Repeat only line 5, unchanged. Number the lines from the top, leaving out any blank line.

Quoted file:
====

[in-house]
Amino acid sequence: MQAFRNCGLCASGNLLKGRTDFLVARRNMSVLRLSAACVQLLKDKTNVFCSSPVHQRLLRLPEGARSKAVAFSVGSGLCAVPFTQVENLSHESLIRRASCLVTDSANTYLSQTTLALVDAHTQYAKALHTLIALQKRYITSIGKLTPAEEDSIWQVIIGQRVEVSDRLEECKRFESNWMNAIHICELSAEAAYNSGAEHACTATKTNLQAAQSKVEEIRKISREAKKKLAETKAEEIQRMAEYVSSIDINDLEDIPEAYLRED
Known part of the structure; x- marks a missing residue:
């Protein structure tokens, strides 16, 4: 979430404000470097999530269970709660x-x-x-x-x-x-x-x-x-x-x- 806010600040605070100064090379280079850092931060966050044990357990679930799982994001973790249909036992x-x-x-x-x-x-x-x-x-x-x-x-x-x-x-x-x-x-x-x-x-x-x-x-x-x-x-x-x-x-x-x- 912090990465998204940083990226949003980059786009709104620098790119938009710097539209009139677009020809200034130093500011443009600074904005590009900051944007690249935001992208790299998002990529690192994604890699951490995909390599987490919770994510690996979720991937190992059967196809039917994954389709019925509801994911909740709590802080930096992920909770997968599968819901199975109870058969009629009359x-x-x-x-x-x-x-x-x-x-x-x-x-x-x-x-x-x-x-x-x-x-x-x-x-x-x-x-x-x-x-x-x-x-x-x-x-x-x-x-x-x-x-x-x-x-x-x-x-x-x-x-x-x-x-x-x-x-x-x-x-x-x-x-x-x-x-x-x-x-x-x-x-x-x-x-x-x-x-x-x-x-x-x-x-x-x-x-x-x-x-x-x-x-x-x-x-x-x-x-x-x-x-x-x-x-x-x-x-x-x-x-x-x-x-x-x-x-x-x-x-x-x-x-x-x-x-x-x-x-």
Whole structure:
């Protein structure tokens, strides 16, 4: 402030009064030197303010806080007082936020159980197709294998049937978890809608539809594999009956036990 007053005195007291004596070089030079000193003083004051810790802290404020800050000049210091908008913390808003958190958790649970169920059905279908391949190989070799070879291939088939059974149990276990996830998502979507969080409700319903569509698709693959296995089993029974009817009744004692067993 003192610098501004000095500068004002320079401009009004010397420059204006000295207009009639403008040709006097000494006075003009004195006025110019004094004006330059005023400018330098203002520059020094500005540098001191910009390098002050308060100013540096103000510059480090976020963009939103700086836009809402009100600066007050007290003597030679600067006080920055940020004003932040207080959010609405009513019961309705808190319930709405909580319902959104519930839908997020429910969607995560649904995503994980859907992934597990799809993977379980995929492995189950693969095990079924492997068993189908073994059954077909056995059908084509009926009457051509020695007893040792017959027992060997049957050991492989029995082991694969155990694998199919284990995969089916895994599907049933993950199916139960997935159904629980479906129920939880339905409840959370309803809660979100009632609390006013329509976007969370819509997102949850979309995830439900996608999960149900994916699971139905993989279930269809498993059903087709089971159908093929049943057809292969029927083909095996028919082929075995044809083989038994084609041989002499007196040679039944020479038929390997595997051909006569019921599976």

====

Whole structure: